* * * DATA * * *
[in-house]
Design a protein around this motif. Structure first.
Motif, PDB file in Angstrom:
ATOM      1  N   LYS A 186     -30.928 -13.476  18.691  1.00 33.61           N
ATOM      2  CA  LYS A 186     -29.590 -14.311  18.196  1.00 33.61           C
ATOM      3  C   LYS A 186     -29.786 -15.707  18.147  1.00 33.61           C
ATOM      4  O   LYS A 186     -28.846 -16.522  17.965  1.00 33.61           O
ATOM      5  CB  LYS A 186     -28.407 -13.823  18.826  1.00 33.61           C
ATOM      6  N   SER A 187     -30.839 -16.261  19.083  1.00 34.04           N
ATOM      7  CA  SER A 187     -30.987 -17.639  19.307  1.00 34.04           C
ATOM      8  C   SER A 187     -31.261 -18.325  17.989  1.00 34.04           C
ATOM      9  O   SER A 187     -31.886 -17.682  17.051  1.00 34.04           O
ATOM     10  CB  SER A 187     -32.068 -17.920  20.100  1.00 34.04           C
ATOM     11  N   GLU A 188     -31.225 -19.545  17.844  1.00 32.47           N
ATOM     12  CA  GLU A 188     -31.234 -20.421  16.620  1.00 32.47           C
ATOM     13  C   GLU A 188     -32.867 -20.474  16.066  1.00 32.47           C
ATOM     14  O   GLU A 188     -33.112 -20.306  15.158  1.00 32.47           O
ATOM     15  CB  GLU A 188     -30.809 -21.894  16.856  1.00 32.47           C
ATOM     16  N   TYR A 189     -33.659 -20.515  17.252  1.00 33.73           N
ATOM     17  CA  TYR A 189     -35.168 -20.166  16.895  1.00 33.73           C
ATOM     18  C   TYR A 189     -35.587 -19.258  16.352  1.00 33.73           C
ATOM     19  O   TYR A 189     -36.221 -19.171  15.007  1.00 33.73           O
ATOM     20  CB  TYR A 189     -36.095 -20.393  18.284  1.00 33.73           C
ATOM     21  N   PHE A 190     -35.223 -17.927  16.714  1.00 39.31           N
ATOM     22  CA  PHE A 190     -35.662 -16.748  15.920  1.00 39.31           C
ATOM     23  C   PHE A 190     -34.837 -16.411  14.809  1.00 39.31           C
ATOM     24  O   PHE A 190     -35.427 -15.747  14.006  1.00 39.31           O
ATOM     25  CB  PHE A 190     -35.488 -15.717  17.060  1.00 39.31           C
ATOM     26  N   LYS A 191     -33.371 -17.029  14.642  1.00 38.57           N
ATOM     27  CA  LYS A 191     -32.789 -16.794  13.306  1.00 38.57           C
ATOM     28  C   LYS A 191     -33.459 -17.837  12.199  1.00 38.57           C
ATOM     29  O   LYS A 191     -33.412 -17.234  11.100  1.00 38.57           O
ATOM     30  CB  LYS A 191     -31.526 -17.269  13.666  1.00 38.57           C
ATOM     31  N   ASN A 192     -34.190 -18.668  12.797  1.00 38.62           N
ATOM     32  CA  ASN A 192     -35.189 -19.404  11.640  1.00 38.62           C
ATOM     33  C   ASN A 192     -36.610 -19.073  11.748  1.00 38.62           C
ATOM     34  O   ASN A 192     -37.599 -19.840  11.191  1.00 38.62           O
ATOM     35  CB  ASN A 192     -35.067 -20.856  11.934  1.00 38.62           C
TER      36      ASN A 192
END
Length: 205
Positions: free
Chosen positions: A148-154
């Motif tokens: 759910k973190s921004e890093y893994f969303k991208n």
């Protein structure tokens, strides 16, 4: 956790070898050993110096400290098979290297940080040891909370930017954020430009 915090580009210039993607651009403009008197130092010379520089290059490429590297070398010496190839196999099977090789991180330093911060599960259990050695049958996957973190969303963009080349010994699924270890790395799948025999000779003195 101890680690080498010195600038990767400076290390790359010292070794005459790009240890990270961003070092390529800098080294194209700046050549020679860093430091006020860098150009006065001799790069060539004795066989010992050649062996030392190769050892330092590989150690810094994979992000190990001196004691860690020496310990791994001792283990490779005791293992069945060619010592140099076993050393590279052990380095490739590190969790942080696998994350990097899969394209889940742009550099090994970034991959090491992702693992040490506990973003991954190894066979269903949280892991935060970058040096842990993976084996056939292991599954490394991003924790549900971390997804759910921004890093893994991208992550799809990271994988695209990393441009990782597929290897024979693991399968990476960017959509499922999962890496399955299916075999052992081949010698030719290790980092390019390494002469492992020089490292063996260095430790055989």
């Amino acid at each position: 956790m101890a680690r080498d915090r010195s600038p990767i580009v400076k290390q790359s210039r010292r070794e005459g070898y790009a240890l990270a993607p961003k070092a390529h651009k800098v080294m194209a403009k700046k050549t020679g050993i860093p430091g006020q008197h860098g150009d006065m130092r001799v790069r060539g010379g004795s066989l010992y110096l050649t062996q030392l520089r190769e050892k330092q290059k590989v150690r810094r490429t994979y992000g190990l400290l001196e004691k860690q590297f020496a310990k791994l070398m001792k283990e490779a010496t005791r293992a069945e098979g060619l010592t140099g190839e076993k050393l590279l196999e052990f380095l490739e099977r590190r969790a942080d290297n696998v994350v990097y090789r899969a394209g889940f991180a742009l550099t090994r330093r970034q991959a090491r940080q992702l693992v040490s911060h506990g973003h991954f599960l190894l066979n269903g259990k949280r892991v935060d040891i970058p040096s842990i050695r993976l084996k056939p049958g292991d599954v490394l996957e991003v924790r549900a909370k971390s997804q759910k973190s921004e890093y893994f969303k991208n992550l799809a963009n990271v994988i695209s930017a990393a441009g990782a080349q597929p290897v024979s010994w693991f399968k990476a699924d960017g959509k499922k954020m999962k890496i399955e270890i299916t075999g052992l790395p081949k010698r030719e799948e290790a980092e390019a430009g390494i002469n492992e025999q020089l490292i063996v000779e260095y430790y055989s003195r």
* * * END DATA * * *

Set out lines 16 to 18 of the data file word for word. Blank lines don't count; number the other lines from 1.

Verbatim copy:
ATOM     13  C   GLU A 188     -32.867 -20.474  16.066  1.00 32.47           C
ATOM     14  O   GLU A 188     -33.112 -20.306  15.158  1.00 32.47           O
ATOM     15  CB  GLU A 188     -30.809 -21.894  16.856  1.00 32.47           C